“So, that might look like having threesomes on special occasions, or sometimes going to a sex party. Or if there are kinks you want to explore, tell your partner and then find someone to talk to,” he explains.

Swinging is when a couple has sexual experiences with multiple partners, usually (but not always) as a single unit. This often involves swapping partners or engaging in group sex, among other types of sexual play.

“Swinging is something couples do together, as is sleeping together with other people, and interacting with other singles and/or couples. So it might look like threesomes, foursomes, orgies, orgies and things like that,” said Yau, noting that the term “swinger” is no longer popular. Some people, especially the younger generation, may prefer to say that they are part of a “lifestyle”.

An open relationship is usually a relationship that is sexually non-monogamous, but romantically monogamous. (Previously, however, people used the term to describe non-monogamous relationships, Yau says.)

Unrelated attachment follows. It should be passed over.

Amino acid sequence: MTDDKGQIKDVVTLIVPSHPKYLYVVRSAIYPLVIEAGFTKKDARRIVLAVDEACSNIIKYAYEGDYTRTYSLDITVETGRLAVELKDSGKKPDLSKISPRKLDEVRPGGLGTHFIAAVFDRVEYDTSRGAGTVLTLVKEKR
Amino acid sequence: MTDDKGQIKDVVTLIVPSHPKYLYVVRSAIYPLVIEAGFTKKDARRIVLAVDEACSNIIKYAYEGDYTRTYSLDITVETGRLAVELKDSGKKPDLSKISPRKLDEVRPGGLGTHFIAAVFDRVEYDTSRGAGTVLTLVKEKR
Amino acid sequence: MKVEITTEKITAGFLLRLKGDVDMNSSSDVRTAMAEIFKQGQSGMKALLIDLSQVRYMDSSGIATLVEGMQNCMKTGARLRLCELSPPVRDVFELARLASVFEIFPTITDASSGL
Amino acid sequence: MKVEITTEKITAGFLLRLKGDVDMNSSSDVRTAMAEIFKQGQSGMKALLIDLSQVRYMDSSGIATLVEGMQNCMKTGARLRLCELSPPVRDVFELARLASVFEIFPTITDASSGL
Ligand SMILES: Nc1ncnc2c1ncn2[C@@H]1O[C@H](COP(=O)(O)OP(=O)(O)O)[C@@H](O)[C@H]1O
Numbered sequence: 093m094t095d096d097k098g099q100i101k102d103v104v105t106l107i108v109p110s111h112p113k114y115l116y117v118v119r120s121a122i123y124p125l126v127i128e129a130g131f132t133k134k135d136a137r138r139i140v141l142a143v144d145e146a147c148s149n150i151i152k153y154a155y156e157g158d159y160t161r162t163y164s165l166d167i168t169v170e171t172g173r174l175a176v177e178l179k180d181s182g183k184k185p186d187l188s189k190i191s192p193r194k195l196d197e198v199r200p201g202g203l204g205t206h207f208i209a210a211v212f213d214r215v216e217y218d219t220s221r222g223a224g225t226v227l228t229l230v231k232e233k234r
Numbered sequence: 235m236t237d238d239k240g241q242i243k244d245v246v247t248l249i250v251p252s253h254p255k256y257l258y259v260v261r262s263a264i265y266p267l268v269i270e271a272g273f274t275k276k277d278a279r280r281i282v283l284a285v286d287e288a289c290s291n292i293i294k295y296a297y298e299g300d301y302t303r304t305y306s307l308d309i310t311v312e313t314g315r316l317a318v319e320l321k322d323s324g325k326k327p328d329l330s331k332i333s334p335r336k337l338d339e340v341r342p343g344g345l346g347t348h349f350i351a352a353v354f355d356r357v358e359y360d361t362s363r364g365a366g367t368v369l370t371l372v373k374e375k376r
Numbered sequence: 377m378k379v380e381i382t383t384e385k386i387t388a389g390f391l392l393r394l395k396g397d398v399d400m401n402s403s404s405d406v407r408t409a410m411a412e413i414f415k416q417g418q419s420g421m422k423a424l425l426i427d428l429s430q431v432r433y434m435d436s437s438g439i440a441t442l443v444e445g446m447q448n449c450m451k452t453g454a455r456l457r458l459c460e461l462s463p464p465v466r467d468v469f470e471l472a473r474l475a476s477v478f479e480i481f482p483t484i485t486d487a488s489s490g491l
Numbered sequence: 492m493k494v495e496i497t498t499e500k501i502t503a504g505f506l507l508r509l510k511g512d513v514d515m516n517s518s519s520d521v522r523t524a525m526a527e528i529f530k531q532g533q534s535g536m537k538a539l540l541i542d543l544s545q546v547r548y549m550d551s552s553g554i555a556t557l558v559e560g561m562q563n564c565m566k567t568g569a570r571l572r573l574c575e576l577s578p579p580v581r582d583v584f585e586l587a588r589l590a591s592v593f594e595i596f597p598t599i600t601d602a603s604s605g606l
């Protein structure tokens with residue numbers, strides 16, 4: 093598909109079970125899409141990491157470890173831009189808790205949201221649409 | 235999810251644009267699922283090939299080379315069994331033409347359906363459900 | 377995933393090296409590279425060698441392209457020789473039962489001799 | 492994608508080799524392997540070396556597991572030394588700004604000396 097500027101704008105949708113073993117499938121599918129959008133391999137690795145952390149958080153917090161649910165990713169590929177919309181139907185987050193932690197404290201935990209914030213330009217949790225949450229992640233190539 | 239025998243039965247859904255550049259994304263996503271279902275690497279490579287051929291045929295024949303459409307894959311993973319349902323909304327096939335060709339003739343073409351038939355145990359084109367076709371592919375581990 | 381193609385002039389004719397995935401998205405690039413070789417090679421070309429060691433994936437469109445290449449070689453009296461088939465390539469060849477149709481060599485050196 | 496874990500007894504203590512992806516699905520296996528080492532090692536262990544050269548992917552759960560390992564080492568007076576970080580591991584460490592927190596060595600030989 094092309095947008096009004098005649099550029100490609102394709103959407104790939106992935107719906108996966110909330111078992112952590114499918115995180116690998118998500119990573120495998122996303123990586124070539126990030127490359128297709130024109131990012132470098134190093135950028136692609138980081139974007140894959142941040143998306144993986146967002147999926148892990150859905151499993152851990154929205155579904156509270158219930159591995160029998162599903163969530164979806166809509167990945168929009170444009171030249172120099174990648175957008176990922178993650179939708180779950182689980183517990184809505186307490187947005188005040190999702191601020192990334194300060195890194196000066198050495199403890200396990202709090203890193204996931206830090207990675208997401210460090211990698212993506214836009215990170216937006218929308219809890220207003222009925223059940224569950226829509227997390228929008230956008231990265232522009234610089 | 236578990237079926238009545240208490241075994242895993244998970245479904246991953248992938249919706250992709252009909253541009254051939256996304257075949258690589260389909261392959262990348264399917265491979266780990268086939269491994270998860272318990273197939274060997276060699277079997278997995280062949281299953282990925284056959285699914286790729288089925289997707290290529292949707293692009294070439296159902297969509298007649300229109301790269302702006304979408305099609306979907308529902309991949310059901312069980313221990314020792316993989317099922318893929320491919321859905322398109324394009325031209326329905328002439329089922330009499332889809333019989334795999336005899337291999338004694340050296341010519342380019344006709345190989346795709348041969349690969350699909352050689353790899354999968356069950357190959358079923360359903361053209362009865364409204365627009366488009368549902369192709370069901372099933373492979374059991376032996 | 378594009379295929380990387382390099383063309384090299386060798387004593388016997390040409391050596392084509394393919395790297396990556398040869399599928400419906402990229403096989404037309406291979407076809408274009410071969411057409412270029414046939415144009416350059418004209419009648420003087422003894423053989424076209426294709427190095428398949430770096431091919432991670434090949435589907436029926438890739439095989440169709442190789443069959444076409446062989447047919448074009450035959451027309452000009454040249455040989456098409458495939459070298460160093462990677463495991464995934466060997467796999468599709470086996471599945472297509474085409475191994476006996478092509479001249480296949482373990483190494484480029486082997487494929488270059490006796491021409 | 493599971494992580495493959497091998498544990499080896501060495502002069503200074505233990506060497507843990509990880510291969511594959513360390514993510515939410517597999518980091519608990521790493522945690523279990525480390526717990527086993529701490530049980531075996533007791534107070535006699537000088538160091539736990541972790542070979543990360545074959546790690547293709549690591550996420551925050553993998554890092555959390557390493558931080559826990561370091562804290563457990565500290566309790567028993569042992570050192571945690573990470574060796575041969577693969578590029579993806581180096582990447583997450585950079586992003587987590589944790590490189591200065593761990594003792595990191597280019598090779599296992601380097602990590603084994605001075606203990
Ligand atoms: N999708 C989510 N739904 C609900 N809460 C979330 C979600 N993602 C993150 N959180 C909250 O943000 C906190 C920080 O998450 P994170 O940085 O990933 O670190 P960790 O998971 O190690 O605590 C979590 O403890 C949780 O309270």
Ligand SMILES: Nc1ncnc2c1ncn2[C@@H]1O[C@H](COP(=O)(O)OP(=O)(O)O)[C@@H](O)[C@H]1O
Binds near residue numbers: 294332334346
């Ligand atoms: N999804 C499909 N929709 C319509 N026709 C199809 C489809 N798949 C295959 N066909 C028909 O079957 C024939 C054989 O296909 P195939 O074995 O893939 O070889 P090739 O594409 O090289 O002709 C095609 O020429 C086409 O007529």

“So if someone says they are in an open relationship, I mean they are only romantically involved with one person, but both can have casual sex with other people, either alone or together, on the side,” Yau said.

Polyamory is the only form of non-monogamy “where you not only have sexual non-exclusivity, but also romantic non-exclusivity,” Yau said. In other words, you are part of several love relationships at the same time. This is different from the other non-monogamous relationships described above, where everything outside of the primary relationship is “maintained sexually or casually, whatever that definition is,” explains Yau.

While there may still be some hierarchy in certain polyamorous relationships, “it’s the type where there’s not necessarily a focus on the primary romantic relationship,” says Yau.